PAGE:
5. An inside-out org chart
Rather than put hierarchy at the top or at the far right, some organizations opt to put the top-level people and teams in the middle, with the rest of the organization spidering out from the center. This chart resembles a hub and spoke model. Here’s an example from the Sparkfun team.
The Sparkfun team went the extra mile, putting a printed version of this chart in their breakroom so it’s visible and readily accessible for the whole team.
6. A customer-centric org chart
Rather than have the CEO or president in the center, you might choose to put the customer there. Some organizations rally around the idea that the customer is at the center of the business. Would your organization be willing to make that explicit in your org chart?
The idea here is that the customer sits in the center, and then each concentric ring of the organization relates to how close a teammate is to the customer. For instance, customer support is the first ring, marketing and product second, executives and admin third.
7. A table
This is how we do it at Buffer!
Rather than have a full diagram of where everyone sits in a hierarchical structure, we’ve leaned into the foundational elements of an org chart — clarity, order, and communication — and extrapolated those bits into a table format.
Here’s a look at how this currently looks for us:
8. Spotify’s guilds
One very famous example of scaling a team is Spotify. Their thought leadership on the topic has inspired many companies (including us) to experiment with our team setup. Here’s one of the methods that Spotify has used:
- Squads: small, self-forming teams with common goals. Each squad reports to a Product Owner.
- Chapters: domain mastery groups whose members can be allocated within various Squads. Each Chapter has a Lead.
- Tribe: a collection of Squads and Chapters. Each Tribe has a Lead.
- Guild: a community of like-minded folks from across any number of Squads, Chapters, and Tribes. No formal leadership; these are open communities.
9. Upside down
There’s a famous cartoon where an executive is sitting at a desk talking to a colleague and says, “No wonder we’re losing money; our org chart is upside down!”
That’s an interesting thought. What if the org chart was upside down… on purpose?
This would potentially have a huge impact on the feeling of employees who would see hierarchy flipped onto its head. Practically, things might not be all that different in terms of strategic vision and goal accountability, but the fact that a company could publicly and officially prop up its lower-tiered employees to the very top — there could be a lot of power in that!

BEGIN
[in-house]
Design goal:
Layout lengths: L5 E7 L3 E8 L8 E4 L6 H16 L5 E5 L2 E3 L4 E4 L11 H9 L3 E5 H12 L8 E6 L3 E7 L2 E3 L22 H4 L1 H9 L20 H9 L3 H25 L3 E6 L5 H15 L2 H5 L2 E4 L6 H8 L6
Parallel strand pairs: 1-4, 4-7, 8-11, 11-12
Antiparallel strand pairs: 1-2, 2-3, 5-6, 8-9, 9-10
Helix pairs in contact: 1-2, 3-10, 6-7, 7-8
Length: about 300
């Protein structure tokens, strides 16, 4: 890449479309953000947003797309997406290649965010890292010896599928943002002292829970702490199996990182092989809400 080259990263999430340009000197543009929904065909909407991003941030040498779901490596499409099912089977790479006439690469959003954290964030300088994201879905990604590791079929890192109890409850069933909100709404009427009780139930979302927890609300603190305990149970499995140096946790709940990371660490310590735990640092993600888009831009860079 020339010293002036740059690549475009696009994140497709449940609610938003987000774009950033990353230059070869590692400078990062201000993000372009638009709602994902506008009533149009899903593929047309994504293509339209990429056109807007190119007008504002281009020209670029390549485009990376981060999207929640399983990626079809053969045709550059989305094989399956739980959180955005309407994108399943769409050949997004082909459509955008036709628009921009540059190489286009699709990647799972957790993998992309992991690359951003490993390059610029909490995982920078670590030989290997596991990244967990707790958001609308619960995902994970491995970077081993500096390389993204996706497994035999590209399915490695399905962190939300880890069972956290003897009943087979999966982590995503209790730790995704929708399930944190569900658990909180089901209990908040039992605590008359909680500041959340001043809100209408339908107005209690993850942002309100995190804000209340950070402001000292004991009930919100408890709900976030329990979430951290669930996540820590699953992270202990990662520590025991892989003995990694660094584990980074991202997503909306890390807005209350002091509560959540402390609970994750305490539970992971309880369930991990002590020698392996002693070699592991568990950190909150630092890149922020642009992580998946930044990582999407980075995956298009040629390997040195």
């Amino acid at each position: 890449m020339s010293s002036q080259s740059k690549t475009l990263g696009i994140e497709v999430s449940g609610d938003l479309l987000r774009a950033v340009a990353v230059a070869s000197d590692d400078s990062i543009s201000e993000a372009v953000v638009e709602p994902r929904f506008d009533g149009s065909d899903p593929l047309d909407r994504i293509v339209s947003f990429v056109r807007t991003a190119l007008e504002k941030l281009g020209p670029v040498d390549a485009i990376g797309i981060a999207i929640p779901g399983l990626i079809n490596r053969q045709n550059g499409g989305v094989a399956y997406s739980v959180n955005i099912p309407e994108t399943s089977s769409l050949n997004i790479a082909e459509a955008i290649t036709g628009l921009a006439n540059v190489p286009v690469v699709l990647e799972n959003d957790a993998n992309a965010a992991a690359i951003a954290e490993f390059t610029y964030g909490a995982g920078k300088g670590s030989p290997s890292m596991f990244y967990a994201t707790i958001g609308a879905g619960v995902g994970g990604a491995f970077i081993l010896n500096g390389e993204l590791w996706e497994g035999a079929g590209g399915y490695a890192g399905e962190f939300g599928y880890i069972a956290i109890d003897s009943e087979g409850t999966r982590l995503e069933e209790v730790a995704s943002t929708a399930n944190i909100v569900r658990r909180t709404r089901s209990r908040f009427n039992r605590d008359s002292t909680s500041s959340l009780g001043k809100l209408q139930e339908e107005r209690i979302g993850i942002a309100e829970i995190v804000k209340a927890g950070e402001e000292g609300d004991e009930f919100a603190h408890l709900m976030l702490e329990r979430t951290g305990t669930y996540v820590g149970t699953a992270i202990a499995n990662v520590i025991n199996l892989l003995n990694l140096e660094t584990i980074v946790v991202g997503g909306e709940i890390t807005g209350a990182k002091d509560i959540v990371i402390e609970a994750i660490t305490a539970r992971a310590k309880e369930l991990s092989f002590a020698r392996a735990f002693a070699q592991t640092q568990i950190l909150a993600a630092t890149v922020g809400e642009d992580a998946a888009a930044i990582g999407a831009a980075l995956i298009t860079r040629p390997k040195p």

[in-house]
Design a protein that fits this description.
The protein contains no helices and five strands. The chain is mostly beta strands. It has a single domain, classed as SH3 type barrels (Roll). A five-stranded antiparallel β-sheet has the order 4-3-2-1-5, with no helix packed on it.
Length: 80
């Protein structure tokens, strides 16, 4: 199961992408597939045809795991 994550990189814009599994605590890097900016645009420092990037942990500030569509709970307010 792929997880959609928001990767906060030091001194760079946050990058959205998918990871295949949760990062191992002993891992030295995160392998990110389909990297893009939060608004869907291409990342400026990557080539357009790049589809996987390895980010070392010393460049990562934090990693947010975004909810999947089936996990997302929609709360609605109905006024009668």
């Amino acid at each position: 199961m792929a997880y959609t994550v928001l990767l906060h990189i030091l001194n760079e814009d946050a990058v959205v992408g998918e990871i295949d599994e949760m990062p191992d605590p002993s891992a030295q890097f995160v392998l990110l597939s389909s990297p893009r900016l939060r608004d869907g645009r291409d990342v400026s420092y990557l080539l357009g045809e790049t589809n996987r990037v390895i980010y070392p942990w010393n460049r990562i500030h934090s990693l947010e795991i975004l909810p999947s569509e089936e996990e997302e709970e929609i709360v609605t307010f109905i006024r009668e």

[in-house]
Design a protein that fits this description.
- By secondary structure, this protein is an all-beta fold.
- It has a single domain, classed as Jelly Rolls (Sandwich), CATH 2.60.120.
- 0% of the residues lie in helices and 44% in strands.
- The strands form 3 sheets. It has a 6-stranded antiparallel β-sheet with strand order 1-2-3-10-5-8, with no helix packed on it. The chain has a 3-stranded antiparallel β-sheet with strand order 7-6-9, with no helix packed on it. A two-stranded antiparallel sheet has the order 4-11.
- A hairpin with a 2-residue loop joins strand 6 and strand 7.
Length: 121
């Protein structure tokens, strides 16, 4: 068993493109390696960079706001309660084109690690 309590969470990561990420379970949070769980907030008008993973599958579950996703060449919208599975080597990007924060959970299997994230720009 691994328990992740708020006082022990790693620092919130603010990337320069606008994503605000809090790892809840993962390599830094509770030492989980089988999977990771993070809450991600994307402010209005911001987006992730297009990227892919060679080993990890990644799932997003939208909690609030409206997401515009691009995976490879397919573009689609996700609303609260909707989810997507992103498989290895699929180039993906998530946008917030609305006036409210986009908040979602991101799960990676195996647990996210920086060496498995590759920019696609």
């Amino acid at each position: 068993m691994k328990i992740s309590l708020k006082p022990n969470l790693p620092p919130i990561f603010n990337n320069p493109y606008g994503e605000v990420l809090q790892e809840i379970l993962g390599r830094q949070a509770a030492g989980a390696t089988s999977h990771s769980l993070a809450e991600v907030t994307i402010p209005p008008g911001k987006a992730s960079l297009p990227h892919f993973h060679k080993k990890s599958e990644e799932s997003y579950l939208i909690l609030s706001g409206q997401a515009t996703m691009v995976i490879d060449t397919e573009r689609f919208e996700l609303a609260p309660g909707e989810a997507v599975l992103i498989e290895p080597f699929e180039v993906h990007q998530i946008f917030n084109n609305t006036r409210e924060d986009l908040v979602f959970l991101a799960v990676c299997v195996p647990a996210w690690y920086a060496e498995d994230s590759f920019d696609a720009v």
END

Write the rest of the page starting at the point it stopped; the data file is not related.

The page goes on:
Lately I’ve been interested in the concept of holacracy and how teams stay fluid and adjust to the changing demands of a market.
This article at Blinkist explains the concept of Accountabilities, Roles, and People. In summary:
- The actions that need to be taken care of are called Accountabilities.
- Accountabilities are clustered into Roles.
- Roles are assigned to People who have the skills and resources to fill them.
- People can hold multiple roles, even ones that seem unrelated
- Roles are flexible. Accountabilities can change.
- New Roles can emerge out of changing Accountabilities.
Bonus! The very first org charts
The Pingboard blog has a great write-up on the evolution of organizational charts over time, and offers a great history lesson on the very first org charts. Below are two of the very earliest.
First, there’s one from railroad engineer and manager Daniel McCallum, from all the way back in 1855. His org chart shows relationships between departments of his railroad company and everyone’s duties.
Around the turn of the 20th century, the Tabulating Machine Co. (which eventually became IBM) created their own version of an org chart. Look familiar? The pyramid style used here became the foundation for a century of copycat org charts worldwide.
Over to you
- What does your org chart look like?
- If you could wave a magic wand and change anything about your chart, what would change?